Petitioner's Reply at 14. The petitioner sees prejudice to his claim in the fact that the Law Court based its refusal to consider his claim of ineffective assistance of counsel on its decision in State v. Nichols, 698 A.2d 521 (Me. 1997), which was decided three days before his appeal, Donovan, 698 A.2d at 1045, despite having been filed after his appeal. Petitioner's Reply at 14. The petitioner contends that the Law Court "implemented [a] change in Maine Law" on this point, while his appeal was pending. Id. at 15. To the contrary, as the opinion in Nichols makes clear, the Law Court has declined to consider claims of ineffective assistance of counsel on direct appeal at least since 1970. 698 A.2d at 521, citing State v. Pullen, 266 A.2d 222, 230-31 (Me. 1970). The only exception to this rule was that such claims could be raised on direct appeal if "the appeal record, within its own confines, establishes beyond possibility of rational disagreement the existence of representational deficiencies . . . which are plainly beyond rational explanation or justification." 698 A.2d at 521 (citation omitted). The Law Court in Nichols ended this exception, stating that all such claims would henceforth only be considered in the context of post-conviction review proceedings. Id. at 522. I have reviewed the petitioner's claims raised in his state post-conviction proceeding concerning the alleged insufficient assistance of his trial counsel, and none reaches the level of the pre-Nichols exception. Even if that were not the case, however, the petitioner was not injured by this change, because section 2244(d) tolls the limitations period for all the time that a state post-conviction proceeding is pending. The decision in Nichols could not have had any effect on the time available to the petitioner to bring his section 2254 claim (other than providing him with additional time for research and reflection while the state post-conviction proceeding was pending).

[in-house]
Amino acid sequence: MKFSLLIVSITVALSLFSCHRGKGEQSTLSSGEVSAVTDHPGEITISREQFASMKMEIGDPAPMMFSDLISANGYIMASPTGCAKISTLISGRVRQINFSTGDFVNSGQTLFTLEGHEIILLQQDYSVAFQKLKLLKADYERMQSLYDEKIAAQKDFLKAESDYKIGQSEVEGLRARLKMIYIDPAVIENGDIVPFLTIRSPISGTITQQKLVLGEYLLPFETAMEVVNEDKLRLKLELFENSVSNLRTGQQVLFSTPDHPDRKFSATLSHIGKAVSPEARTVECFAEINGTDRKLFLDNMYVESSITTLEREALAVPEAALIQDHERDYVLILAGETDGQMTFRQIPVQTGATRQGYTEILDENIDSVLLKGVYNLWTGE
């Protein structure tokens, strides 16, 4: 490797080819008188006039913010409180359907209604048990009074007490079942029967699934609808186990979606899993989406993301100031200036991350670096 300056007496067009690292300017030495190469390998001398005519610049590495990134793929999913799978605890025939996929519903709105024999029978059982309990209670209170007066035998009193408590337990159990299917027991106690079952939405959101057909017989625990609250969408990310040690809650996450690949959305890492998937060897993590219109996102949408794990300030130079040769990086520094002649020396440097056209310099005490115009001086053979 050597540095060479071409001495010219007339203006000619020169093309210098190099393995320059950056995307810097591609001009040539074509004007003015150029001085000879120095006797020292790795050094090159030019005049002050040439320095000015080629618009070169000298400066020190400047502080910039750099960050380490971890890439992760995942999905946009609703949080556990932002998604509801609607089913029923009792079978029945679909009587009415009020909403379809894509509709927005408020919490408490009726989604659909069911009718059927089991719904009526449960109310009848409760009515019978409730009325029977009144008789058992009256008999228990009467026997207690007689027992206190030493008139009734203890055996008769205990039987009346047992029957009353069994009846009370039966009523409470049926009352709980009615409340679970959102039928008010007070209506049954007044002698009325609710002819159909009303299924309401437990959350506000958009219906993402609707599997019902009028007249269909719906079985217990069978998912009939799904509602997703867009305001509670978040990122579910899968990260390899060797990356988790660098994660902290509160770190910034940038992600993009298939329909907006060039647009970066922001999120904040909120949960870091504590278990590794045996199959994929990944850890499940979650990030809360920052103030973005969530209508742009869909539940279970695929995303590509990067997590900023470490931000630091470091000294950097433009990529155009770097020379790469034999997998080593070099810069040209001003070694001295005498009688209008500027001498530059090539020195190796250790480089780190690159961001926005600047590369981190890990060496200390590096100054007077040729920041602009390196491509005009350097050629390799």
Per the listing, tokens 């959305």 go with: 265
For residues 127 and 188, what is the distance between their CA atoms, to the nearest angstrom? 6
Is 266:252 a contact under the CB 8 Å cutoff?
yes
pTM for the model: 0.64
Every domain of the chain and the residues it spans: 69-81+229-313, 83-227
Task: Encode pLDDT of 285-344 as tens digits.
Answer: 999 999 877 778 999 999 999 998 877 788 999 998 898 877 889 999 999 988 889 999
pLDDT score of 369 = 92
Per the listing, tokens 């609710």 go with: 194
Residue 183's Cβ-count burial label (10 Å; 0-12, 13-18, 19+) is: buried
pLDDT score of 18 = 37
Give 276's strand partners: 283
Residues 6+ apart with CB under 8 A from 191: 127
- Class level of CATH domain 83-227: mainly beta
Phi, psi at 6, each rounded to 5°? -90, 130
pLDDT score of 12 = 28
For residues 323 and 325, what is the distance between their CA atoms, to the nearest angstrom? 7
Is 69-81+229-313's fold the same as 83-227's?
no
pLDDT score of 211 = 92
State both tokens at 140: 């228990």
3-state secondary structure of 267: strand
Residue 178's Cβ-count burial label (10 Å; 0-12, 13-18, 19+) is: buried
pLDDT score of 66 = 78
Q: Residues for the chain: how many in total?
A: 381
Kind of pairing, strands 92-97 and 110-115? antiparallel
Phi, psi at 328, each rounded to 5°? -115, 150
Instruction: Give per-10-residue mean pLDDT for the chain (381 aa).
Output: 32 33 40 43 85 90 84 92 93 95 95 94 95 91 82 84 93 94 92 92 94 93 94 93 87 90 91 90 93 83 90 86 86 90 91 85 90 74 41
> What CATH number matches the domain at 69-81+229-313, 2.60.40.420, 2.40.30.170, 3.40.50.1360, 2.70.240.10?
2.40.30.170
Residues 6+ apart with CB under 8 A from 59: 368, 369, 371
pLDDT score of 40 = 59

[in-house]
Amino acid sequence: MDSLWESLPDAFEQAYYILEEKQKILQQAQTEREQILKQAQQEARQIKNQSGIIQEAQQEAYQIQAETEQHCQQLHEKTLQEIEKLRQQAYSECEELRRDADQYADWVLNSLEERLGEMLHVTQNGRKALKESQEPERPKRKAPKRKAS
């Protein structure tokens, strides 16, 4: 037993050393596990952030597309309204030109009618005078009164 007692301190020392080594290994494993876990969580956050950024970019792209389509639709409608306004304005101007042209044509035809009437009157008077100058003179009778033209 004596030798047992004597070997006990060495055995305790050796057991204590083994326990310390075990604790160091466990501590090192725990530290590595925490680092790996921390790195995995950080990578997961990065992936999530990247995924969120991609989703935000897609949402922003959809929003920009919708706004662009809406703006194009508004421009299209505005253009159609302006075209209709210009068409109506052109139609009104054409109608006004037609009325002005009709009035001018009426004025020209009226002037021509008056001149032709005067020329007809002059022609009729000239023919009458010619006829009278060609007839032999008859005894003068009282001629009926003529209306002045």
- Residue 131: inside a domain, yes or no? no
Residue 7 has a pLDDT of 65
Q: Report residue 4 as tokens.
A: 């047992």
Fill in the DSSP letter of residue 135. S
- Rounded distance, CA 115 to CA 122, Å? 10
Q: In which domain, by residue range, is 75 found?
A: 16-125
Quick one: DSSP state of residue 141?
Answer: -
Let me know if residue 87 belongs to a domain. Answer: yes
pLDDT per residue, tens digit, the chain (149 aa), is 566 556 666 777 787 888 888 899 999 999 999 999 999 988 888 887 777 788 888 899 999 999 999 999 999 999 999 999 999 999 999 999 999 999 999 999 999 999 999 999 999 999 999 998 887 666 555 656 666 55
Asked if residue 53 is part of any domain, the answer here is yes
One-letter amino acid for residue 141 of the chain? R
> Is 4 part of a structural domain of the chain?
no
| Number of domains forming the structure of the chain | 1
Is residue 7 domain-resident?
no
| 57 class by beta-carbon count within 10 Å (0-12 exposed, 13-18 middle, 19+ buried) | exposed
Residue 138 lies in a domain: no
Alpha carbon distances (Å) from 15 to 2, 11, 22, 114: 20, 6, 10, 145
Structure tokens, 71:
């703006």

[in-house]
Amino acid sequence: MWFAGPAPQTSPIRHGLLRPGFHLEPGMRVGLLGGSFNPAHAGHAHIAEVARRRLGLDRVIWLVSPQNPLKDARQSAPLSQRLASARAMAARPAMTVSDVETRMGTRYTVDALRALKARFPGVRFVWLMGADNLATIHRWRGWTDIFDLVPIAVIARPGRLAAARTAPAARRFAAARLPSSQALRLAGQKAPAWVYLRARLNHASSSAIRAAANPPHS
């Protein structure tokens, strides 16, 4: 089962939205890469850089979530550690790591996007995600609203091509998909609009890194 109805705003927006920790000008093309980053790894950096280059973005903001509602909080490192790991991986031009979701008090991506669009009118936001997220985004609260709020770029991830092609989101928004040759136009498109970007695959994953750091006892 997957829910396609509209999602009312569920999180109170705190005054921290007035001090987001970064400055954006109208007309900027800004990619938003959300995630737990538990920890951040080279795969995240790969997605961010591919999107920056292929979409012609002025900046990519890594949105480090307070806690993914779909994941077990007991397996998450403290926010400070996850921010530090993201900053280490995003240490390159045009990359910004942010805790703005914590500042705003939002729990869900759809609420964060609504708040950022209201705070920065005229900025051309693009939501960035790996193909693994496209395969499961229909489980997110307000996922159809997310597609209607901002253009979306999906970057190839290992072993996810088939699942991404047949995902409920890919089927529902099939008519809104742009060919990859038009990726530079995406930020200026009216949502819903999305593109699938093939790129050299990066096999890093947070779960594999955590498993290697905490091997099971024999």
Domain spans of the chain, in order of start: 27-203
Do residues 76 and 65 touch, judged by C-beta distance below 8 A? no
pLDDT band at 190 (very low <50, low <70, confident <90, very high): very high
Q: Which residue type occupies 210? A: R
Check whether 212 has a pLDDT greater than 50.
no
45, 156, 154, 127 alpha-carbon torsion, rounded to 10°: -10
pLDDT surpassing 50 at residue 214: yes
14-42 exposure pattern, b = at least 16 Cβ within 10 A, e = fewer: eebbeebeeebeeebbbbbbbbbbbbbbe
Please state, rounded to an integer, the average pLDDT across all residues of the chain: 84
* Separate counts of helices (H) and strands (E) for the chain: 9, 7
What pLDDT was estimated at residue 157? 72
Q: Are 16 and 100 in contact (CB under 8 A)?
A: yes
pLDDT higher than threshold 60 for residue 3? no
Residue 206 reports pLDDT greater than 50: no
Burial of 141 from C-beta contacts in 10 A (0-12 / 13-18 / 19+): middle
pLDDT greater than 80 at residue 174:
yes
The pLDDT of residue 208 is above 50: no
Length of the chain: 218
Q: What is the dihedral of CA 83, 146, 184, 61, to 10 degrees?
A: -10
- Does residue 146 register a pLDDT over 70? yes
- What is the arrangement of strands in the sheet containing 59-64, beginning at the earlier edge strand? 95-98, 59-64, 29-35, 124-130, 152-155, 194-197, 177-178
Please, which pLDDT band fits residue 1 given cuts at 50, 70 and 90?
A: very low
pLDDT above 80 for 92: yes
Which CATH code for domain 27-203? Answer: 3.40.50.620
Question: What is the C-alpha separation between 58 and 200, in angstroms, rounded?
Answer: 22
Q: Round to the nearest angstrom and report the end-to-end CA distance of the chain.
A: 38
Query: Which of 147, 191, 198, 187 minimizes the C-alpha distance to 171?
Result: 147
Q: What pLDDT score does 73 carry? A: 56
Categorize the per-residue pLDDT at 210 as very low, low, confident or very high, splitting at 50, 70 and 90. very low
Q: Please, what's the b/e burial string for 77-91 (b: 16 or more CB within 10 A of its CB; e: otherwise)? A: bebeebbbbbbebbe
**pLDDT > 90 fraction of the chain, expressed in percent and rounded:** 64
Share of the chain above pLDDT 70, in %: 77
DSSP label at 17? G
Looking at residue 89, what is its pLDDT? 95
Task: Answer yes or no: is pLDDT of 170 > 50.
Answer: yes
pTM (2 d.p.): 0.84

III. Conclusion

For the foregoing reasons, I recommend that the petition be DISMISSED without a hearing.

NOTICE A party may file objections to those specified portions of a magistrate judge's report or proposed findings or recommended decisions entered pursuant to 28 U.S.C. § 636(b)(1)(B) for which de novo review by the district court is sought, together with a supporting memorandum, within ten (10) days after being served with a copy thereof. A responsive memorandum shall be filed within ten (10) days after the filing of the objection.

Failure to file a timely objection shall constitute a waiver of the right to de novo review by the district court and to appeal the district court's order.

Date this 12th day of December, 2000.